During a -80% sale, I finally decided to buy my Forbidden Game. No, not the one with the underage wizards, I’m talking about Dice Legacy (2021) by DESTINYbit. With a board game-y approach to settlement survival and a striking visual appearance with a cylinder world, I awaited its final release with great impatience while it was in Early Access. Alas, the first reviews gave me cold feet. Apparently the selected Real Time Strategy pace was too fast for dice-based decision making, resulting in a poor experience without a pause feature. I mentally shelved the game, but the recent sale brought it back in the forefront, testing my will.
And I pulled the trigger. 18 months after the 1.0 release, a pause feature has been added, pretty reluctantly as suggests the label for the “No Pause” mode in the New Game screen mentioning that it is “the way the game was envisioned”. I chose to ignore this baffling display of arrogance and lack of self-reflection to experience the game “the way it was envisioned”, and I must admit that I’m joining the chorus of critics about that particular detail.
The issue is that Dice Legacy definitely is a settlement survival game, with a scenario playtime normally counted in hours. But without pause, active or not (the two newly offered modes), this lengthy time is entirely spent frantically rolling and assigning die on the map even for basic tasks such as chopping wood or working wheat fields, which is an extremely exhausting outcome. Strikingly, I’m playing a game of Dota 2, a more regular real-time game, just to relax from Dice Legacy. Because in the case of Dota 2, games are decided either way in 25-45 minutes, with frantic action only when it’s called for during team fights.
I still must commend Dice Legacy. I was tired of square-grid based settlement survival games irrespective of their other qualities (Banished, Surviving the Aftermath, Farthest Frontier, Against the Storm, Timberborn, Going Medieval, Endzone – A World Apart, They Are Billions, Kingdoms and Castles, Patron, …). And in this context, Dice Legacy is a breath of fresh air with a hex grid inside a cylinder world.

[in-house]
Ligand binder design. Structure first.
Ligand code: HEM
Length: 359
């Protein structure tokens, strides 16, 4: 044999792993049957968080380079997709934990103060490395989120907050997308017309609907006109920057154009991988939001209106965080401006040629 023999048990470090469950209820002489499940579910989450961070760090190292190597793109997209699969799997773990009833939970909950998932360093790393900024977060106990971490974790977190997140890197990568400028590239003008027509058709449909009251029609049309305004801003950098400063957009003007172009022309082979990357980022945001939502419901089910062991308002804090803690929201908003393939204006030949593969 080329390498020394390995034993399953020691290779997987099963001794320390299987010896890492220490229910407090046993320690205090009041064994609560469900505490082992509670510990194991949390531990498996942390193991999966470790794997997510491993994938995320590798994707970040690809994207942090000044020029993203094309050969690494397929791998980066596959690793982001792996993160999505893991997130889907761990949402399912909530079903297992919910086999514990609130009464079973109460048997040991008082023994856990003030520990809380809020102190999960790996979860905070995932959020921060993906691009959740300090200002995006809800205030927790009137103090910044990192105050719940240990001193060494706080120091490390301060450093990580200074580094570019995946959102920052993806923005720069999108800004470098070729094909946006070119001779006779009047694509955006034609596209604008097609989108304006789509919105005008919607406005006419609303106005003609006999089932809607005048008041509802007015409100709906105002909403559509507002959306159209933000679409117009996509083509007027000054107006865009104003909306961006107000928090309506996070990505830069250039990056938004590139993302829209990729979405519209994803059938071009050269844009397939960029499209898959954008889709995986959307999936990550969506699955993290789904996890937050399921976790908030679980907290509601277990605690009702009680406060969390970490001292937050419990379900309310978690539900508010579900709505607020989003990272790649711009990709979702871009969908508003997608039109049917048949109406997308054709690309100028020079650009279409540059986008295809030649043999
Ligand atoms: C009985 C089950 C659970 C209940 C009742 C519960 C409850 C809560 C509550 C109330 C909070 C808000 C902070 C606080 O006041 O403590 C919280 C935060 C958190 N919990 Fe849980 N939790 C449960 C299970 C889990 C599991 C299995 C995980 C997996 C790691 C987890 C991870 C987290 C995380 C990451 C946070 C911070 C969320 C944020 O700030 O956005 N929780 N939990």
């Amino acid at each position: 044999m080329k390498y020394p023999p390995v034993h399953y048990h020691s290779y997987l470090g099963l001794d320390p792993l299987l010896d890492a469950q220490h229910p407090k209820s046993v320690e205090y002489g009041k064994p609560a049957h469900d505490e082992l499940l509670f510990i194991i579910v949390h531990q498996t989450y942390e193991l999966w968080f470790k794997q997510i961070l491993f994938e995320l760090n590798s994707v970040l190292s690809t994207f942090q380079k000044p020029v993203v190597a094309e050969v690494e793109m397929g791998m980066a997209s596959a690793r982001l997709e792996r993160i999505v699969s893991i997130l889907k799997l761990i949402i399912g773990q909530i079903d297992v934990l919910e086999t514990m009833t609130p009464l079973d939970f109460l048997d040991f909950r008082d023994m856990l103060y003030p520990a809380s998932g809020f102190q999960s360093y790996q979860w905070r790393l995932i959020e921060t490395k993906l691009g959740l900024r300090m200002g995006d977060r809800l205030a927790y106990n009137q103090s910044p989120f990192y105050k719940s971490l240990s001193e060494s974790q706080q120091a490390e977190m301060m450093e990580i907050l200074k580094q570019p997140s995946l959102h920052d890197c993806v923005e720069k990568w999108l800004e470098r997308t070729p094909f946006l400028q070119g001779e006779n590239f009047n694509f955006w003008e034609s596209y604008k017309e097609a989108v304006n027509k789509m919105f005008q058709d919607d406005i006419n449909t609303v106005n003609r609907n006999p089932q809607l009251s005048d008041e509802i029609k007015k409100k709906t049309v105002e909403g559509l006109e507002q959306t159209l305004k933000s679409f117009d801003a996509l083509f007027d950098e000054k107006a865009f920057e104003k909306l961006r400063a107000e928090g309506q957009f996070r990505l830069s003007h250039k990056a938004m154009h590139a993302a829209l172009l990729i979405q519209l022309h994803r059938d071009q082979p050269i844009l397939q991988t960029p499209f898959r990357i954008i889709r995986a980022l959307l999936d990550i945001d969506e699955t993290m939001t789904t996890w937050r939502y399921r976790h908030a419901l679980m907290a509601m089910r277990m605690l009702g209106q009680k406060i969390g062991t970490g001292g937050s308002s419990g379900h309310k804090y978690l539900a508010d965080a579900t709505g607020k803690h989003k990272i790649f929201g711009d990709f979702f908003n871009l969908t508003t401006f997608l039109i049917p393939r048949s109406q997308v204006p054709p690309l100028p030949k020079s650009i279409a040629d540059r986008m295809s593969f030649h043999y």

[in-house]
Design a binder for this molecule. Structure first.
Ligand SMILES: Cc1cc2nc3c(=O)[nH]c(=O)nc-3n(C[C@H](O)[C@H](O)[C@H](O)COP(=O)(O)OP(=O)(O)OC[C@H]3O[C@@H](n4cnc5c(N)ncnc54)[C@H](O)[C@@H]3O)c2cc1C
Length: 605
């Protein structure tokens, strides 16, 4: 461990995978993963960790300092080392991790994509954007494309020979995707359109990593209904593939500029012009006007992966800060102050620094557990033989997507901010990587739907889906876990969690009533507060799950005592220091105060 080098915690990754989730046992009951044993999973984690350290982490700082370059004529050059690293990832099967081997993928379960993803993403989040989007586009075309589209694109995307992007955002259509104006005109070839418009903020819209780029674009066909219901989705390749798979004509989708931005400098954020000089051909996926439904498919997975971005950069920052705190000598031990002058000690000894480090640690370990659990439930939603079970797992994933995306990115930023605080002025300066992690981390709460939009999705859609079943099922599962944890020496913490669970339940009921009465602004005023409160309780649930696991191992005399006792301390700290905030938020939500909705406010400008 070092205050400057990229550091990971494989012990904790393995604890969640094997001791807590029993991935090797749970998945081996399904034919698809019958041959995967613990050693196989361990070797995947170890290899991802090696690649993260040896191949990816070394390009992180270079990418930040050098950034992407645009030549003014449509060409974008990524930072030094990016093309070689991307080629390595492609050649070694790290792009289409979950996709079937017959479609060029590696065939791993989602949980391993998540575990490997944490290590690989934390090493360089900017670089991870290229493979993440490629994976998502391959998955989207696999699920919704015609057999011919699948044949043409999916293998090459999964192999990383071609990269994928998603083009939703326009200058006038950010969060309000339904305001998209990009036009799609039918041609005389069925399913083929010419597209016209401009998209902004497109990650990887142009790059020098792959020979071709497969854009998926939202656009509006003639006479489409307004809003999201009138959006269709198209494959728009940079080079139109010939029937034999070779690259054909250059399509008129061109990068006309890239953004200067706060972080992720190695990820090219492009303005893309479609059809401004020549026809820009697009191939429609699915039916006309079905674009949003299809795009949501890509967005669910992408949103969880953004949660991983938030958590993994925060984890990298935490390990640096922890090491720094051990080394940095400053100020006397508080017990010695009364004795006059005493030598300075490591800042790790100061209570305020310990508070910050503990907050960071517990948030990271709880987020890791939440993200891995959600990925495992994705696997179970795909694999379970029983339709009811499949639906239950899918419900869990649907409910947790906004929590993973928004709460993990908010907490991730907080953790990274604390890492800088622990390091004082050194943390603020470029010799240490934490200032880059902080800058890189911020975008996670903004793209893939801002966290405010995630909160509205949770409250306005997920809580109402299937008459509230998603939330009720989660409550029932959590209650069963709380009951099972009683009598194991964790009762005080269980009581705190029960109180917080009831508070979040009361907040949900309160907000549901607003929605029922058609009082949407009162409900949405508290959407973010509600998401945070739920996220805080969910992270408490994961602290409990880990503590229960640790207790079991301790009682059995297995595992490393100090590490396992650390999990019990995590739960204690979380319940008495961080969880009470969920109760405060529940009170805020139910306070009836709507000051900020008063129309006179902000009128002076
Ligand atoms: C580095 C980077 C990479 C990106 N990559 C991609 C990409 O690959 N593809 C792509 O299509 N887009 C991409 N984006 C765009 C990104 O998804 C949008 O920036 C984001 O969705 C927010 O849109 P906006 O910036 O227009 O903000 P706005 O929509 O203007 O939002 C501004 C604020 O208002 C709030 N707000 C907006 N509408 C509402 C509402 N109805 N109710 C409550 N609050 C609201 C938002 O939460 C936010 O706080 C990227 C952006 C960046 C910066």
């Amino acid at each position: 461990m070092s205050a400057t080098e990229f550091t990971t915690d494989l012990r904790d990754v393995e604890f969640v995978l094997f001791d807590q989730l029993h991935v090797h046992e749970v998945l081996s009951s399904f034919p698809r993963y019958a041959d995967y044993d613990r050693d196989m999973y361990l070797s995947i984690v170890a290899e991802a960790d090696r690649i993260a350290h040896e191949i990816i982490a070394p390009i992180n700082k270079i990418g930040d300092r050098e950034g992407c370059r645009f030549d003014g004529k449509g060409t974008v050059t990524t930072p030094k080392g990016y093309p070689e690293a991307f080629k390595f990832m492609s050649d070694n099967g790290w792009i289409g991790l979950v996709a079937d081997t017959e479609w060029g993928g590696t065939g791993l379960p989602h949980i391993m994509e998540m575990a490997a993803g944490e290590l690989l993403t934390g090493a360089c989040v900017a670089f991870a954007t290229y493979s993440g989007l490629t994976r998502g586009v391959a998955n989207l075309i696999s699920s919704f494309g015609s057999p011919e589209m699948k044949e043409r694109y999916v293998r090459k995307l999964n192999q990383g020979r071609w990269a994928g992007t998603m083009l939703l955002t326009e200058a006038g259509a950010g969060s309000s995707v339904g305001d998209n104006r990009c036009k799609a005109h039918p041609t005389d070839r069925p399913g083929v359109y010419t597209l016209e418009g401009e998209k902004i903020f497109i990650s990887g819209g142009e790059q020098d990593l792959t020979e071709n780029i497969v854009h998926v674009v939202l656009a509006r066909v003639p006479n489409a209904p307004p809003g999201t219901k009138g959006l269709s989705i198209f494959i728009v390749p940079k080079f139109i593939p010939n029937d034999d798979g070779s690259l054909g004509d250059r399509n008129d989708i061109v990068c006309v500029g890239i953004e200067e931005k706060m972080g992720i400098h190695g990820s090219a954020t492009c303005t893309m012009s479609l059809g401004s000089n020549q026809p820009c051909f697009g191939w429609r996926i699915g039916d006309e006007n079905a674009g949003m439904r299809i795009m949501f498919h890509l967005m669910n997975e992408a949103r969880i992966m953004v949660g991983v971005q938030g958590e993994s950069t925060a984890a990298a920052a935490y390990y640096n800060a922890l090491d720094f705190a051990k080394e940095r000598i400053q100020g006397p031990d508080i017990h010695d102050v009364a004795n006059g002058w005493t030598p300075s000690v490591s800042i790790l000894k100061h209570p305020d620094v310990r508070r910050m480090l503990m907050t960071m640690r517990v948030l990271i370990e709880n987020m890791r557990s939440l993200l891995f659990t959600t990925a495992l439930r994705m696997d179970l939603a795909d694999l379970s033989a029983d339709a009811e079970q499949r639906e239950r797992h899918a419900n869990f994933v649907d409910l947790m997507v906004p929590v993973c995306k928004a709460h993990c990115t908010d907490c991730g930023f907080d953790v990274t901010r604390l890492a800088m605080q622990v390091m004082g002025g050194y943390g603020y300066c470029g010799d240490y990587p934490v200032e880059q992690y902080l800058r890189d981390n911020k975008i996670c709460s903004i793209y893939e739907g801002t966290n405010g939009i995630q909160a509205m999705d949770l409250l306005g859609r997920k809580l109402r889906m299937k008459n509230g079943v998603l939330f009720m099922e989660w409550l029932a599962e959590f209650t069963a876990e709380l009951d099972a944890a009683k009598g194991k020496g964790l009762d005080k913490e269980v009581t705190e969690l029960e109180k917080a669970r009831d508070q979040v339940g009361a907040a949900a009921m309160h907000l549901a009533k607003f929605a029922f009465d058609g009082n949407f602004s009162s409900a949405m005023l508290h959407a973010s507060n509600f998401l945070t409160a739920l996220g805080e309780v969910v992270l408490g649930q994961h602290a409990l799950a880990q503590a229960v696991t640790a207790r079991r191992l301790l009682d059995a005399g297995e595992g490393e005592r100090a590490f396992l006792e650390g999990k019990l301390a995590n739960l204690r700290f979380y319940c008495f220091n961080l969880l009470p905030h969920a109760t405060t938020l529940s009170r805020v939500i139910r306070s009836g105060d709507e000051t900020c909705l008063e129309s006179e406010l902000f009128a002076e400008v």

I’m not sure I’ll be able to finish the game I started without pause, though, without risking a heart attack as I keep frantically juggling for hours on end with an ever-varied pool of die as the game progresses.
<2 months later>
I was not able to finish my game. The last straw was an otherwise benign setback. Enemies in Dice Legacy are time-sensitive tasks that require a certain amount of dice to be cleared. Up to 4 dice can be placed on a task on the same level, but beyond that they must be placed on top of the first four. To help placing dice without having to drag them manually from the dice pool to the task, it’s possible to Shift + Click a die spot to fill it with the correct face from the pool if any.
However, Shift + Click is also used to remove a die already placed on a task. when die spots are on the same row, there’s no conflict between those shortcuts, but with two rows on top of each other, removing dice takes precedence when the mouse cursor hovers both an empty die spot and an already placed die, which wastes precious time already scarce in Real Time Mode.
I then helplessly watched this 7-die enemy march to my settlement, while I was frantically removing and re-adding one specific die because of the shortcut conflict. I was ready for dire consequences, but this formidable enemy (the dice pool is limited to 12 idle dice, any extra have to be discarded) ended up destroying just a field, the cheapest building in the game.
The combination of infuriating sloppy controls in the real-time mode that’s supposed to be the intended experience paired with the ridiculously negligible consequence of failing what’s supposed to be a sizeable challenge made me forfeit on the whole game.
There are enjoyable ways to spice board game mechanics with time-sensitive aspects, but Dice Legacy completely missed the mark and then displayed an entitled lack of self-reflection when called out on it. Not a good look in my book.